Background: Inflammatory arthritides (IA) such as rheumatoid arthritis or psoriatic arthritis are disorders that can be difficult to comprehend for health professionals and students in terms of the heterogeneity of clinical symptoms and pathologies. New didactic approaches using innovative technologies such as virtual reality (VR) apps could be helpful to demonstrate disease manifestations as well as joint pathologies in a more comprehensive manner. However, the potential of using a VR education concept in IA has not yet been evaluated.
Objective: We evaluated the feasibility of a VR app to educate health care professionals and medical students about IA.
Methods: We developed a VR app using data from IA patients as well as 2D and 3D-visualized pathological joints from X-ray and computed tomography-generated images. This VR app (Rheumality) allows the user to interact with representative arthritic joint and bone pathologies of patients with IA. In a consensus meeting, an online questionnaire was designed to collect basic demographic data (age, sex); profession of the participants; and their feedback on the general impression, knowledge gain, and potential areas of application of the VR app. The VR app was subsequently tested and evaluated by health care professionals (physicians, researchers, and other professionals) and medical students at predefined events (two annual rheumatology conferences and academic teaching seminars at two sites in Germany). To explore associations between categorical variables, the χ2 or Fisher test was used as appropriate. Two-sided P values ≤.05 were regarded as significant.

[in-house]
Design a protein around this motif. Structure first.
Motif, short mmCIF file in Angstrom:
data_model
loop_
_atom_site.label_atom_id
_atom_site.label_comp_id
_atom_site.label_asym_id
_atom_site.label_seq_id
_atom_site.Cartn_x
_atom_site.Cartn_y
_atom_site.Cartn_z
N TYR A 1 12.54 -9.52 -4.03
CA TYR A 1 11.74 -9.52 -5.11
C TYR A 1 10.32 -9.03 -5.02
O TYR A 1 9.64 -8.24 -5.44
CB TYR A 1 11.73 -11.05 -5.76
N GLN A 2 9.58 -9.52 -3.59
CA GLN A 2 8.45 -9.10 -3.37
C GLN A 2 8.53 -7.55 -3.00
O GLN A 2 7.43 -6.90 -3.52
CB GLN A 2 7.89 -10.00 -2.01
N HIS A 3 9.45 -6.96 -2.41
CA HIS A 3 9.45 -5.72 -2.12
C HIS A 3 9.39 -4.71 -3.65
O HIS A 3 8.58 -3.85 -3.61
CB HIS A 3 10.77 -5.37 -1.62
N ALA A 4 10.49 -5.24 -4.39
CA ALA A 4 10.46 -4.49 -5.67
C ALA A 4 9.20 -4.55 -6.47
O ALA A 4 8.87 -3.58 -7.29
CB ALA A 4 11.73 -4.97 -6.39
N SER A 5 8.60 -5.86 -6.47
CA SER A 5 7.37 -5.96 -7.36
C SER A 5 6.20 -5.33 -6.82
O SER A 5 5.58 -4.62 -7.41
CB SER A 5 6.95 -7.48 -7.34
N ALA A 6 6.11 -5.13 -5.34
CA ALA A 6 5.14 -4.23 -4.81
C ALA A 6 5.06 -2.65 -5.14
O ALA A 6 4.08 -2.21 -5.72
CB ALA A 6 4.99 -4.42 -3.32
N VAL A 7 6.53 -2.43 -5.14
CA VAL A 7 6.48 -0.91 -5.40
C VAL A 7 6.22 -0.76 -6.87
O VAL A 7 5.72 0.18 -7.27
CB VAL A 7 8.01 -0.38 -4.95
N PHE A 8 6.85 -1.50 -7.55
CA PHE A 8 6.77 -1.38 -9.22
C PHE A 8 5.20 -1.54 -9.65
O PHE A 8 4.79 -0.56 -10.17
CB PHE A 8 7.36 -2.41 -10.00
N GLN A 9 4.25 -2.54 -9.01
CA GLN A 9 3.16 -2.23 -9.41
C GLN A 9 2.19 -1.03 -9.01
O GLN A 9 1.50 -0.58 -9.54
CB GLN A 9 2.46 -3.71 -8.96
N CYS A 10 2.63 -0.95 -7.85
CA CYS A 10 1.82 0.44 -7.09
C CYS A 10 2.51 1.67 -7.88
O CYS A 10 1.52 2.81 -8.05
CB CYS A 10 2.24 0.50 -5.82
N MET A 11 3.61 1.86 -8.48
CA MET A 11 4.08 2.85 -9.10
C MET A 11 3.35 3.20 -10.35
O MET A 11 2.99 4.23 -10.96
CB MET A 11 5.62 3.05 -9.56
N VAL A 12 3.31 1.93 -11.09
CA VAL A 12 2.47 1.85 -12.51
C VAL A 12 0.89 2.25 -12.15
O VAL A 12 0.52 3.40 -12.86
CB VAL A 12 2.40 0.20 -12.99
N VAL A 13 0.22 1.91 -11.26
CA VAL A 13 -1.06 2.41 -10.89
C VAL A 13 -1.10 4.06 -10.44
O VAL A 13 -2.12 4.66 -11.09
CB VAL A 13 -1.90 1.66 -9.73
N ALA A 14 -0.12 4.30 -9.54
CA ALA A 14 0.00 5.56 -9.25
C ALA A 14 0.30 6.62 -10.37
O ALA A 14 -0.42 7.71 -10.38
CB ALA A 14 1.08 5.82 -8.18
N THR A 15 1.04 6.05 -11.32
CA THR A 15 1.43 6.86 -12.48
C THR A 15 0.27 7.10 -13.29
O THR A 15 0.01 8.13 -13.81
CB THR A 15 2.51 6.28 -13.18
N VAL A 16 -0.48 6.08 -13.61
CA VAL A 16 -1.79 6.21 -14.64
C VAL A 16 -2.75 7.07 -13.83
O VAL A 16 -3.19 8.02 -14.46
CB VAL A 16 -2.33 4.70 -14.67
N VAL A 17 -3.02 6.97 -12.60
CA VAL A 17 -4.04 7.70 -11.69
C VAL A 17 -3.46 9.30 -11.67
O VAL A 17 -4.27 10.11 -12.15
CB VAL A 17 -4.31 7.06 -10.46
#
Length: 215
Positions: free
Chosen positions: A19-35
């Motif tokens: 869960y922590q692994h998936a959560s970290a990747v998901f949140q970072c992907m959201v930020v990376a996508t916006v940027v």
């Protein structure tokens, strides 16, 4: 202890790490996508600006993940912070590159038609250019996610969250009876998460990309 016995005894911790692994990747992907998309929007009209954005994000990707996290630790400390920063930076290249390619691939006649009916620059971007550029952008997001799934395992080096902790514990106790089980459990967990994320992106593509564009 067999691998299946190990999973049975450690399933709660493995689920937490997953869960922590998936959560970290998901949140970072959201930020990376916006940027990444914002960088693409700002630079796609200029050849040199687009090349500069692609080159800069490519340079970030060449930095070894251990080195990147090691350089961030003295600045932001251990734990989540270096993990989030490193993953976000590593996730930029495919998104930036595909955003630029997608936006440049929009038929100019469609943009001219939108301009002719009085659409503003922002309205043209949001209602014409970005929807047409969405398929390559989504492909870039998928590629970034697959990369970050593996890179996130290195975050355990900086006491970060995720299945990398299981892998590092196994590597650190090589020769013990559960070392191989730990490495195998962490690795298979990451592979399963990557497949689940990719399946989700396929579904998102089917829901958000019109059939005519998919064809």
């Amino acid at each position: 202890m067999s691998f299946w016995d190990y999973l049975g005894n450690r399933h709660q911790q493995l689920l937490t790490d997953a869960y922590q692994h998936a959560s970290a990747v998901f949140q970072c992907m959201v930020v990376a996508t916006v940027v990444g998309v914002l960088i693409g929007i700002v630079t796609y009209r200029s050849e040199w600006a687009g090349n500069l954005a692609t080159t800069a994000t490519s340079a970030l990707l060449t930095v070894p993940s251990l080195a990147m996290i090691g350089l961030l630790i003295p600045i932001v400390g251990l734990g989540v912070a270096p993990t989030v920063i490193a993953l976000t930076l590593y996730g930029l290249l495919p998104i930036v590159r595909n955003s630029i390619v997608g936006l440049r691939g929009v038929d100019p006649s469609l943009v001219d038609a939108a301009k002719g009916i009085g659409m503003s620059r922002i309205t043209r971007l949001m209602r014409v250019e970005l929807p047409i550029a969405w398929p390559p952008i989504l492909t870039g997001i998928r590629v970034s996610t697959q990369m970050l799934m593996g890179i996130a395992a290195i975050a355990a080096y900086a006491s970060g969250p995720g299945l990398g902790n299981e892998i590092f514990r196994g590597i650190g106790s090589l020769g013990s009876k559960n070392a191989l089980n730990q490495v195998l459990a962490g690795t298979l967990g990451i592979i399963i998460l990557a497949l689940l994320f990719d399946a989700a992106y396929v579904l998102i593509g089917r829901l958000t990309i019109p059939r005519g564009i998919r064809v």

Results: A total of 125 individuals participated in this study. Among them, 56% of the participants identified as female, 43% identified as male, and 1% identified as nonbinary; 59% of the participants were 18-30 years of age, 18% were 31-40 years old, 10% were 41-50 years old, 8% were 51-60 years old, and 5% were 61-70 years old. The participants (N=125) rated the VR app as excellent, with a mean rating of 9.0 (SD 1.2) out of 10, and many participants would recommend use of the app, with a mean recommendation score of 3.2 (SD 1.1) out of 4. A large majority (120/125, 96.0%) stated that the presentation of pathological bone formation improves understanding of the disease. We did not find any association between participant characteristics and evaluation of the VR experience or recommendation scores.
Conclusions: The data show that IA-targeting innovative teaching approaches based on VR technology are feasible.
Keywords: feasibility; inflammatory arthritis; psoriatic arthritis; rheumatoid arthritis; virtual reality.